CLEVELAND -- Ravens starting tight end Dennis Pitta was carted off the field Sunday after suffering a potential season-ending hip injury without even being touched.
Pitta dislocated his right hip for the second time in just more than a year, and it's feared that he may have also sustained a fracture. But an initial diagnosis revealed no fracture, according to sources. If Pitta's hip is fractured, he would need surgery and likely would be out for the season. Pitta remained in Cleveland overnight at a local hospital.
Pitta fractured and dislocated his hip during training camp last year and missed all but the final four games of the 2013 regular season after making a full recovery. He signed a five-year, $32 million contract in March that included $16 million guaranteed.
When he underwent surgery on his hip last year, doctors told Pitta there the chance of recurrence was extremely low because of the rarity of the injury and how well the procedure and rehabilitation went.
"A second fracture and dislocation to the same hip is relatively rare," said Dr. David Chao, a former San Diego Chargers team doctor who is an orthopedic surgical specialist, but hasn't treated Pitta. "This is a significant trauma. It's very concerning. It doesn't bode well for his career. Even to do this one time is unusual, but twice is very bad.
"What may be going on is he doesn't have enough bone back there to support the hip, which is a ball-and-socket joint. The emergency right now is making sure that he has enough blood getting to the joint. Otherwise, there's a chance you develop avascular necrosis in the hip. That's what ended Bo Jackson's career."
Pitta was transported to a hospital for X-rays and further examination. He remained overnight in Cleveland. He also is expected to undergo a magnetic resonance imaging exam to determine if there's any ligament damage after being injured in the second quarter during a 23-21 win over the Cleveland Browns.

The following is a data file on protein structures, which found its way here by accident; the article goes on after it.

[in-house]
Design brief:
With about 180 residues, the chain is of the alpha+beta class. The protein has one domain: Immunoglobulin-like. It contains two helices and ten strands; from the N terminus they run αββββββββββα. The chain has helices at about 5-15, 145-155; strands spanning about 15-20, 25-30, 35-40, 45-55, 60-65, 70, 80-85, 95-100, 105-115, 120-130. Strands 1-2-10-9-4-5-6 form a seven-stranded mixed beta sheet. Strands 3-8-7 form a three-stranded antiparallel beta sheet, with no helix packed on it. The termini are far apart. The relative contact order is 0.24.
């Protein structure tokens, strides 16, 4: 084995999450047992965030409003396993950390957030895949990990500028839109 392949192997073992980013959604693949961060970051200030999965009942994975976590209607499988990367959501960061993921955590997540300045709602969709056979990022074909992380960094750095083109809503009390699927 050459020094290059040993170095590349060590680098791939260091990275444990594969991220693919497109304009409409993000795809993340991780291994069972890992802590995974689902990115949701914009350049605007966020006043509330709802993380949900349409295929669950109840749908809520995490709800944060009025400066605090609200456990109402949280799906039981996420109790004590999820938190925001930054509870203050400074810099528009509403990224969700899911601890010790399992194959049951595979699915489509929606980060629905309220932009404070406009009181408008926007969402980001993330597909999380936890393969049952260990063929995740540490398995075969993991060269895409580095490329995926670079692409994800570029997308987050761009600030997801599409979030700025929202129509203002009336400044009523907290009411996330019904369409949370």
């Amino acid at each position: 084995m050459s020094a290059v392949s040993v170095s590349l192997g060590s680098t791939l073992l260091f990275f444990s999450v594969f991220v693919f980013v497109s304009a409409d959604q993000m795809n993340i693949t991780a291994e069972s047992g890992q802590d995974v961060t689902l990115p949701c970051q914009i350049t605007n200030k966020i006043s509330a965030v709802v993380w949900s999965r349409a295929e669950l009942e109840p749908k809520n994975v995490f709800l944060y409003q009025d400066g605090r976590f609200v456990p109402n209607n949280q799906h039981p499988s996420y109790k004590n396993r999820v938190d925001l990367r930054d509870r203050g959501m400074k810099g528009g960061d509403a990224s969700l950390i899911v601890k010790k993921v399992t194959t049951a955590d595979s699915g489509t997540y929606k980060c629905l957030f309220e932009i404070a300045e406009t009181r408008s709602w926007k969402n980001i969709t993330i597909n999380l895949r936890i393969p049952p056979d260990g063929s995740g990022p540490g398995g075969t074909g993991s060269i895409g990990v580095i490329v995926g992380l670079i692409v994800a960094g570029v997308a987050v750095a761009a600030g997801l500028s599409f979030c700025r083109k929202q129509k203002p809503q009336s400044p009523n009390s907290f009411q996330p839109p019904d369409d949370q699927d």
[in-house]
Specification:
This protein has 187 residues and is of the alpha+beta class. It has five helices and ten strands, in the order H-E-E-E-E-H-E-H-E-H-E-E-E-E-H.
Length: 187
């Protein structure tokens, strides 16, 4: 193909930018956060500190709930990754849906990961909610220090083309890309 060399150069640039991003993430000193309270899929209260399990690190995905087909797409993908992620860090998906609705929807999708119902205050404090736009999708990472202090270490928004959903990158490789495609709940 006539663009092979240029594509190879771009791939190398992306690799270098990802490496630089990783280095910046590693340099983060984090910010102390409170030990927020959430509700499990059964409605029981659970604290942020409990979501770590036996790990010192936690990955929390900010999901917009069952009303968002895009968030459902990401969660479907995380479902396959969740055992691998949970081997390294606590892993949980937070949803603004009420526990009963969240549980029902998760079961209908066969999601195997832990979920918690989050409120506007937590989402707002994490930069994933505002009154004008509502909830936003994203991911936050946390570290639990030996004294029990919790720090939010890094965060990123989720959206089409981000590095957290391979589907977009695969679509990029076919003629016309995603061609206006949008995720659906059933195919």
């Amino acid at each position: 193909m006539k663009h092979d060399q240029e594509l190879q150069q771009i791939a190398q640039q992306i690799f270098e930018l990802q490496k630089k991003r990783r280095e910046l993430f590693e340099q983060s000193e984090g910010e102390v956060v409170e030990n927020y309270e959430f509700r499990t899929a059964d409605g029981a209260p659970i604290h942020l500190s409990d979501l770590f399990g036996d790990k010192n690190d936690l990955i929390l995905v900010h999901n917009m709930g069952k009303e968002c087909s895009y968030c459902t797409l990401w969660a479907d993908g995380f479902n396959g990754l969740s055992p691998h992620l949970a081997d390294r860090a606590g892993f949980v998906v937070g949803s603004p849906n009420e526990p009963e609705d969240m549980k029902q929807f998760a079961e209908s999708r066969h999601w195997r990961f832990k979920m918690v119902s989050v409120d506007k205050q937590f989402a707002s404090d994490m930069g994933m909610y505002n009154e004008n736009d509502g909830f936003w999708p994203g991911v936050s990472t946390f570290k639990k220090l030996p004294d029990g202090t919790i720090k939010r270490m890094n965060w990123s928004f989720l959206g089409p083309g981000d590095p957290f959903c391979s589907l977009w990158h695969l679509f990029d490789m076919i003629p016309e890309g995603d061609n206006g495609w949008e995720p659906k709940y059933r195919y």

This represents a significant blow to the Ravens' offense, which relies heavily on Pitta's reliable hands and ability to run after the catch. Pitta ranks second on the team behind wide receiver Steve Smith with 16 receptions for 125 yards.
"When you're in the middle of a game, you don't think too much about that stuff, but, yeah, it's not easy," said quarterback Joe Flacco, one of Pitta's closest friends on the team. "Dennis is a good friend. He's a good teammate, and he's a [heck] of a player. No matter who it is, it's tough to see that happen, especially when it looks like it might be what it is, or it might be serious."
Pitta was clearly in serious pain after going down in the second quarter after his third reception of the game, covering his face with his hands as he was taken off the field.
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Now, Pitta's health has emerged again as a serious issue for a Ravens offense that relies heavily on tight ends. Pitta caught 13 passes for 113 yards in the first two games.
"That's kind of devastating," fullback Kyle Juszczyk said. "Dennis isn't just our teammate, he's a really close friend of ours. To see him go down like that, it hurts. We wish him a speedy recovery. We have to push forward, and other guys have to make the most of their opportunities."
Without Pitta, the Ravens will have to rely heavily on two-time Pro Bowl tight end Owen Daniels, who caught two touchdowns against the Pittsburgh Steelers in the second game of the season.
Rookie tight end Crockett Gillmore also will have to contribute more, and the Ravens could promote tight end Phillip Supernaw from the practice squad.
"I don't know how serious it is, I haven't heard," Ravens coach John Harbaugh said of Pitta. "He told me on the field that it wasn't as bad as it was before. I don't know what that means. I'm just going to be praying and hoping for the best for him. That was so disappointing."